Teenager with fear of food who only had hot chocolate finally recovers – what is the eating disorder 'ARFID'?
A teenager who lived with a fear of food and felt unable to consume anything solid for over a year, drinking only hot chocolate, is now able to eat again.
August Grace, 18, from Gloucester, was diagnosed with Avoidant/restrictive food intake disorder (ARFID) as a child. But in October last year, her feelings around eating got progressively worse, with her unable to eat what she considered her solid 'safe' foods any more.
She was only able to consume up to two hot chocolates a day, which consisted of 400ml of milk and a spoonful of Cadbury's hot chocolate powder.
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While she was drinking them every single day, even this was hard for Grace, as she was only doing it because she knew she needed to, and didn't enjoy it all.
"I was constantly stressed about when I'd have to have the next hot chocolate," she explains.
"I was only really having them because I had to have something."
Grace was aware that not eating was affecting her physically.
"I was always freezing cold, and my legs were like jelly," she recalls.
"I'd also recently got a Labrador, called Lilo, and I wasn't able to keep up with her and I felt so weak when I held her lead."
As well as the toll on her body, her fear of food also made things challenging socially and emotionally.
"Last Christmas was particularly difficult because I felt like I couldn't join in with my family," she says.
"I also felt like I was being rude because I couldn't stomach any of the food that had been made.
"For the past year, I've not eaten anything other than a couple of hot chocolates."
However, just under a month ago, things started to change for the better for Grace.
"I went to a therapy session with Felix, from The Heath, where he was able to help me overcome my fear," she explains.
During her therapy session, Grace was able to face her fears and try a selection of foods she'd been avoiding for the past year, sampling porridge, yoghurt, bread and watermelon.
"I was so surprised I was able to put those foods in my mouth and eat them after talking to Felix," she says.
"I was so hopeful the therapy would work because I was so sick of how I was living."
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While a full recovery will, of course, take time, Grace noticed a breakthrough straight away.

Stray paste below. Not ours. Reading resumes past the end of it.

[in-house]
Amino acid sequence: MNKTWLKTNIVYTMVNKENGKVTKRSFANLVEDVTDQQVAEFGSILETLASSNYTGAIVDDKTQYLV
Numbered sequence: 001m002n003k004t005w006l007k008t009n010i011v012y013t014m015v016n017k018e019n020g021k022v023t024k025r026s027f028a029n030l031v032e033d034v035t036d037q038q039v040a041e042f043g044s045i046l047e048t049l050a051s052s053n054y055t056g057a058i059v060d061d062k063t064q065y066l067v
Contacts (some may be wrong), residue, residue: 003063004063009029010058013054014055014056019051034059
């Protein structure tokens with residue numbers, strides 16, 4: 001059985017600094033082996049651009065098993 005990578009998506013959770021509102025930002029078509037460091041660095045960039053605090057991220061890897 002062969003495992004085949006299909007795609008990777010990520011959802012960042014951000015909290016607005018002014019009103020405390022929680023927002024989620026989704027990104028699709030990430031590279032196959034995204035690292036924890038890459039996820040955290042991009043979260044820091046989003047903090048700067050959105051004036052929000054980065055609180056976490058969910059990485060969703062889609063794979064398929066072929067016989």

"On the way home... I even stopped off for a Starbucks, which is something I'd never done before.
"We went via the drive-thru and I had a cookies and cream Frappuccino.
"It was so weird having a cold drink because I'd only ever had warm hot chocolate for the last year.
"I was so scared and anxious when I first got it, but after drinking some of it, it got easier, and I started to really enjoy it."
Since then, she's been trying to eat at least three times a day.
"So far, I've been eating porridge, bananas, grapes, baked beans and jacket potato," Grace says.
"I also managed to eat some chips last week which was great."
While she still has to challenge herself every day to try and eat more, Grace is feeling more positive than ever before. She's even found herself able to look forward to Christmas this year, hoping she'll be able to include herself more in the food-related celebrations.
"I'm hoping this year I'll be able to have more of a Christmas dinner," she says. "I'm especially looking forward to having some roast potatoes. I'm even excited to try different festive hot drinks and Christmas cookies."
Although grateful to be on the journey to recovery, Grace hasn't forgotten how tough her experiences of ARFID were.
"I went for so long without being supported, I felt so lost," she admits.
"There is a lack of support from services because I feel as though they aren't equipped to treat ARFID. Without Felix I would still be stuck."
"The therapy has totally changed my world and I’m excited to see how much more things will continue to improve as time goes on," she adds.
So while we may have heard of eating disorders such as anorexia and bulimia, what exactly are the signs and symptoms of ARFID?
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What is Avoidant/restrictive food intake disorder?